We climbed out of the hazy ground layer and soon turned towards the east, heading for Mallorca. As we were reaching the coastline, the weather cleared up a little and the shore became visible while we were climbing out towrds our cruising altitude of 24.000 feet, cruising at apprcimately 400 to 450 miles per hour.

Due to the short duration of our flight (30 minutes flying time), there would be no cabin service. After we had climbed to our peak altitude and remained there for about five minutes, decent was initiated again. Our final approach lead us right across the Bahia de Palma and alongside some of the more beautiful, and some not so beautiful but nevertheless (in-)famous sights of Mallorca.

Cabo Tramuntana and the Isla Dragonera

Beautiful Port d'Andraitx

Magaluf and Palma Nova, infamous holiday hotspot of the British “bucket and spade brigade”

Palma harbour, a container vessel is just entering the mole

With a notable drop in altitude and an increase in cabin noise, the flaps were lowered and just a few minutes later, the landing gear followed suit with a noticeable thump. During the final seconds of our short flight we soared across the northernmost part of S'Arenal, infamous holiday home of the German “bucket and spade brigade...

...and across the coastal highway, which is connecting Palma to S'Arenal and the airport.

Touch-down was very hard, and with a lot of spoiler-, thrust reverser- and braking action, our flight crew actually managed to slow down or lightly laden Airbus within a minimum distance in order to vacate the ruwnay right across from our destination terminal.

Reaching the jetway was only a matter of a few more minutes, until we finally connected to the terminal and left the airplane in due course.

The rest of the trip
Thank you very much for your patience so far! If you want to find out, how Alex's, Christoph's and my trip continued, you might want to read the reports about our flights back to STR
( http://www.airliners.net/discussions/trip_reports/read.main/55785/ )
and DUS respectively
( http://www.airliners.net/discussions/trip_reports/read.main/55932/ ).

As usual, questions, comments and constructive criticism is always appreaciated!  Smile

Homer: Facts are meaningless. You could use facts to prove anything that's even remotely true!
16 replies: All unread, jump to last
User currently offlineBalboy From United Kingdom, joined Aug 2000, 143 posts, RR: 0
Reply 1, posted (11 years 2 months 2 days 18 hours ago) and read 6185 times:


I'd love to do the to someone on my crew , but I'd be too scared...

Very funny. Good report..

User currently offlineBMIFlyer From UK - England, joined Feb 2004, 8810 posts, RR: 56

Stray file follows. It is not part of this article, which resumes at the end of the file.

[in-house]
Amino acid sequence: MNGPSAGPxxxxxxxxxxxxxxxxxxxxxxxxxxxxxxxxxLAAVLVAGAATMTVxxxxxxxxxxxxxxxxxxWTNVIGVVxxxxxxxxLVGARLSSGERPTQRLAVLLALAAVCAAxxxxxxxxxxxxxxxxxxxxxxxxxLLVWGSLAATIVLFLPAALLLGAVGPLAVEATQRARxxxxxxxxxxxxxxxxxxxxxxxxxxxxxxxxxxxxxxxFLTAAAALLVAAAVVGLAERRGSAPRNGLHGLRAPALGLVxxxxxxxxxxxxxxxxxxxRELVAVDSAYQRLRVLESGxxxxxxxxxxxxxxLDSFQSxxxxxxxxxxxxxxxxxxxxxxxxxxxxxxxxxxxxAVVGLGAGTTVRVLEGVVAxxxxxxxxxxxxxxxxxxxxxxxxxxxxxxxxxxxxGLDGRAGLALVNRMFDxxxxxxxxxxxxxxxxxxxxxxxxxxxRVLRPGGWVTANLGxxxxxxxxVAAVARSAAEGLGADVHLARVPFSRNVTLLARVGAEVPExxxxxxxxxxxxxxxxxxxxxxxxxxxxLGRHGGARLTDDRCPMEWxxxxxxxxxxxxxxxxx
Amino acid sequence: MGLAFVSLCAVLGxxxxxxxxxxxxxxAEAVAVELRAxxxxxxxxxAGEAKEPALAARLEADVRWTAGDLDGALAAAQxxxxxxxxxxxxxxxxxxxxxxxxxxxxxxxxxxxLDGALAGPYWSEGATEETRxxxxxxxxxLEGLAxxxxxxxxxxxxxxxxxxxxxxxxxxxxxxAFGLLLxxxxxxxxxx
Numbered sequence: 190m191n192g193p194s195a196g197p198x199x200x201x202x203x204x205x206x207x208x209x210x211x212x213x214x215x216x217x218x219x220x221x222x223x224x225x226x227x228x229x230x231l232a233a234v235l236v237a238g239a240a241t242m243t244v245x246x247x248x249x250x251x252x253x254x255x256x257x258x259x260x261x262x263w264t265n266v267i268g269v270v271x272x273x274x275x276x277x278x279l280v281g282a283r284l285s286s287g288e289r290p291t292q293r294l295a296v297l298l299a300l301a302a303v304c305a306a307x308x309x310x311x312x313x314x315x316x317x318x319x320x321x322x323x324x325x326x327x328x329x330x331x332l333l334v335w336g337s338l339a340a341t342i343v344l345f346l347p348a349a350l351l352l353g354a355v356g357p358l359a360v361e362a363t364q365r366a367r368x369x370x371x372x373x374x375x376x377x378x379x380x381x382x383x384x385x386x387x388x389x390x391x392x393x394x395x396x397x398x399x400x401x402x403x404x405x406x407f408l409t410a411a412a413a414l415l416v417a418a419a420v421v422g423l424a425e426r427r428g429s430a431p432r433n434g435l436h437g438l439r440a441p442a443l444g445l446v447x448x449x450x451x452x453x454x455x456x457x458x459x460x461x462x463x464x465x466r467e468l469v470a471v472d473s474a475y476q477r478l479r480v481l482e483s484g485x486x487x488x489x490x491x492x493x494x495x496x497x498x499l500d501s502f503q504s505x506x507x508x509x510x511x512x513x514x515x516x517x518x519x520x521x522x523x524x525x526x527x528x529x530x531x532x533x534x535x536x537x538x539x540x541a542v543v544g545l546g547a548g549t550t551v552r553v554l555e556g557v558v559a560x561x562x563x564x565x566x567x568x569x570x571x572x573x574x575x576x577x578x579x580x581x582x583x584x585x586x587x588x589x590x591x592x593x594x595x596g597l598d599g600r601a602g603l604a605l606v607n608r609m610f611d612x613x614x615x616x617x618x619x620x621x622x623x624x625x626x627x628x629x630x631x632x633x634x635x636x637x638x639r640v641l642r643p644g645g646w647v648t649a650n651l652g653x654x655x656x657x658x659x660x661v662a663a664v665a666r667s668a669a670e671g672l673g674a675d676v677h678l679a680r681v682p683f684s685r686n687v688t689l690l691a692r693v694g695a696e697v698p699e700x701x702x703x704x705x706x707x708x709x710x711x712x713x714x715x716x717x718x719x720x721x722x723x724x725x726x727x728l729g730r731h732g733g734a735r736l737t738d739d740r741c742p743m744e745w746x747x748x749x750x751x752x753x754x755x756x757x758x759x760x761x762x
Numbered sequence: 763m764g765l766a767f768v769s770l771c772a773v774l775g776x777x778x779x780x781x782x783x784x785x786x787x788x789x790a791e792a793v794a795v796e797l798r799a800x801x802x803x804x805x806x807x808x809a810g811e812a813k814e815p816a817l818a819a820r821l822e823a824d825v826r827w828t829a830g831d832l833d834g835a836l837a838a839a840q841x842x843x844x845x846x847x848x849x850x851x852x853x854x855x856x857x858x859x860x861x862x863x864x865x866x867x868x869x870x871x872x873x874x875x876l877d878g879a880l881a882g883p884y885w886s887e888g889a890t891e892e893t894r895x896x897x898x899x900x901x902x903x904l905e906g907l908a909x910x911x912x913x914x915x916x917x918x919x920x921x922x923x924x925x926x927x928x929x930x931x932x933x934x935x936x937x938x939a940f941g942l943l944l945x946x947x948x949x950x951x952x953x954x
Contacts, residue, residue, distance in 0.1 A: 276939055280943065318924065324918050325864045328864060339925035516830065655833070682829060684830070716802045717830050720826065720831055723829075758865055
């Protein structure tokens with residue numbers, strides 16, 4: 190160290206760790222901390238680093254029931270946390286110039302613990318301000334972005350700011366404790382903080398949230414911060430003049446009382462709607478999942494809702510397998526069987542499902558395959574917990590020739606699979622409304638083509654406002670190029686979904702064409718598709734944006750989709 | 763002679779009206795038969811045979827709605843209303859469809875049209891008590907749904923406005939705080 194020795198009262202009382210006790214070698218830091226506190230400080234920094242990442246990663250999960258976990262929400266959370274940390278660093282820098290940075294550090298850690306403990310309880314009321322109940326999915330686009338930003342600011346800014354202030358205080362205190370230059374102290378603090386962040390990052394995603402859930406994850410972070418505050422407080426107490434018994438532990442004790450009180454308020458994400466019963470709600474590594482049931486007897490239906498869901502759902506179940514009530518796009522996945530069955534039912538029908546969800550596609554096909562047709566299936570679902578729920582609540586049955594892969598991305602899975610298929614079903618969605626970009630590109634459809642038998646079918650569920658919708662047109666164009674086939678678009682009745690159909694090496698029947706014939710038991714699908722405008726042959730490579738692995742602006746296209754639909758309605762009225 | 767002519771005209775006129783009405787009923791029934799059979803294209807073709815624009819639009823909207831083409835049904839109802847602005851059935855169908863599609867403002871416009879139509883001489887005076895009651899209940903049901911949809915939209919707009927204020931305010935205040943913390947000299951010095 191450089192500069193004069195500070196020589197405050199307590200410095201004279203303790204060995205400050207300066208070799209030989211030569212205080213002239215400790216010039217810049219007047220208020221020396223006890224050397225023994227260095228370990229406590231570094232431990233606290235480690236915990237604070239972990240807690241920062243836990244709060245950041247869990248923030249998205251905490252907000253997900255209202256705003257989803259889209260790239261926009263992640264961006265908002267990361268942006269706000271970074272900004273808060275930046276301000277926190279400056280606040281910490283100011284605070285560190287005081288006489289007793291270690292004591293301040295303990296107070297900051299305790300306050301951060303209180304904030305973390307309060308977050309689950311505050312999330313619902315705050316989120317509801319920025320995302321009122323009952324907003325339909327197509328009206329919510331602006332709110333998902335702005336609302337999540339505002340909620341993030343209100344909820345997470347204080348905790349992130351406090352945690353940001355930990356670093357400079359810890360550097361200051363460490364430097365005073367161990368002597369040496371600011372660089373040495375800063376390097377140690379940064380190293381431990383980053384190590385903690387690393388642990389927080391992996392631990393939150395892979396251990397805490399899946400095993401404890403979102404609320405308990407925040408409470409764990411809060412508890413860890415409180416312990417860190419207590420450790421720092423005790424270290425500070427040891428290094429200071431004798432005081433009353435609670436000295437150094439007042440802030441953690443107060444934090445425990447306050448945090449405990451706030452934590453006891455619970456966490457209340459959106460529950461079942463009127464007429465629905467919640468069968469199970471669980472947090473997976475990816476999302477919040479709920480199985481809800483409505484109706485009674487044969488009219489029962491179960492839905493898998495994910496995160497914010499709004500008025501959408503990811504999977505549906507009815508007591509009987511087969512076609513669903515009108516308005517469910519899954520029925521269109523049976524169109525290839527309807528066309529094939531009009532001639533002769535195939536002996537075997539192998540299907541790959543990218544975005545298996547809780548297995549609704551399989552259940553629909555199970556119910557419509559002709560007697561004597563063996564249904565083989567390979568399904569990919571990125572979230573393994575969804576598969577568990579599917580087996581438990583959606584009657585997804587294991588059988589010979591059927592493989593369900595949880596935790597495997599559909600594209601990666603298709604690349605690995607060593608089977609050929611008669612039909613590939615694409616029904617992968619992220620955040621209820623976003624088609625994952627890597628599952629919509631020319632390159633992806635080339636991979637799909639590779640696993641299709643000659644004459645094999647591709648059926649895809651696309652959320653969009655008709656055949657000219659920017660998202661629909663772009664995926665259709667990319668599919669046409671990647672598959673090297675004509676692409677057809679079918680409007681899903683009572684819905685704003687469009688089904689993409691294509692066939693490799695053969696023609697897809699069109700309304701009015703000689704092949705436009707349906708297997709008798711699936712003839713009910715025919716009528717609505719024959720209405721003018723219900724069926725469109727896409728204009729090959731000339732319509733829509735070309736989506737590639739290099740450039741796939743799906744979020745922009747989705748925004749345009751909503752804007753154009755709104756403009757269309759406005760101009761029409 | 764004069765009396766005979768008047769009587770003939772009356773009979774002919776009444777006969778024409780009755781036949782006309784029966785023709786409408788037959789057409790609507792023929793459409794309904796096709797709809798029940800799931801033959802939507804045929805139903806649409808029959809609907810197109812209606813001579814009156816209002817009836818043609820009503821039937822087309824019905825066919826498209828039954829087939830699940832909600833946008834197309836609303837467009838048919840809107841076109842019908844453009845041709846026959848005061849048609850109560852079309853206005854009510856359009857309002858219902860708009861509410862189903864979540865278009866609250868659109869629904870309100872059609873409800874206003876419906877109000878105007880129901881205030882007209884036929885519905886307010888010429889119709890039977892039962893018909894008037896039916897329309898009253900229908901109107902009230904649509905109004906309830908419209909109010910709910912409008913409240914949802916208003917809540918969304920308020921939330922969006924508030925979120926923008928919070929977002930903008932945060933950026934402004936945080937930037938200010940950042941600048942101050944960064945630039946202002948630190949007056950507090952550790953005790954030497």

Reply 2, posted (11 years 2 months 2 days 16 hours ago) and read 6107 times:

Lovely Big grin Big grin

Great report and pics too  Smile


Sometimes You Can't Make It On Your Own
User currently offlineFLIEGER67 From Germany, joined Sep 2003, 5243 posts, RR: 53
Reply 3, posted (11 years 2 months 2 days 15 hours ago) and read 6055 times:

Hi Jens,
Hi Christoph,
Really entertaining to read about your DE "adventures". I feel like I was there again in the small viewers area 2 weeks ago at my VLC visit.
Markus (FLIEGER67)

User currently offlineTriStar500 From Germany, joined Nov 1999, 4706 posts, RR: 39
Reply 4, posted (11 years 2 months 2 days 3 hours ago) and read 5875 times:

Thank you very much for your comments! Even a few small words make all the hours of work worth the while.

After being there, I must say that VLC airport is not really a place where one would like to spend several hours. It is small, looks dated and offers very little in terms of entertainment, be it o the apron or in the way of shops, restaurants etc. But anyway, it is good to have been there and delete it from the "to do"-list. Big grin

Homer: Facts are meaningless. You could use facts to prove anything that's even remotely true!
User currently offlineBA319-131 From United Kingdom, joined Jan 2001, 8743 posts, RR: 53
Reply 5, posted (11 years 2 months 2 days 1 hour ago) and read 5837 times:
Support Airliners.net - become a First Class Member!

Nice report guys and loved the photo's!

I've not been to VLC so this trip gave me a little insight to the airport. I must say, what a dreary looking place, especially from the outside!!

Magaluf, went there about 6 years ago, a stag 'week' - what a nasty place, very tacky!!

Thanks again



User currently offlineA319114 From Netherlands, joined Aug 2004, 541 posts, RR: 3
Reply 6, posted (11 years 2 months 2 days ago) and read 5826 times:

Very nice, Jens, I love the pics!

Destruction leads to a very rough road but it also breeds creation
User currently offlineSulman From United States of America, joined Mar 2004, 2041 posts, RR: 28
Reply 7, posted (11 years 2 months 2 days ago) and read 5818 times:

What a superb report. Malaga airport also has one of those posters in the security area, with the same pink graphics detailing their plans. I'm going to read your other reports now.



It takes a big man to admit they are wrong, and I am not a big man.
User currently offlineTriStar500 From Germany, joined Nov 1999, 4706 posts, RR: 39
Reply 8, posted (11 years 2 months 1 day 13 hours ago) and read 5704 times:

Thanks a lot! The very same can be said about your Vienna report. Where is your next trip report taking us?  Smile

Thank you very much and have fun reading our other two reports. Big grin I remember the extension plan in AGP, too, but at least according to my knowledge, in AGP they are actually already building the second runway and extending the terminal building unlike VLC, where there are only ambitious plans and precious few building activity supporting it (at least this was my impression).

Homer: Facts are meaningless. You could use facts to prove anything that's even remotely true!
User currently offlineNdebele From Germany, joined Apr 2001, 2905 posts, RR: 21
Reply 9, posted (11 years 2 months 22 hours ago) and read 5574 times:

Thanks for taking the time to write the report about our VLC trip, Jens and Christoph. Jens, the photos are excellent!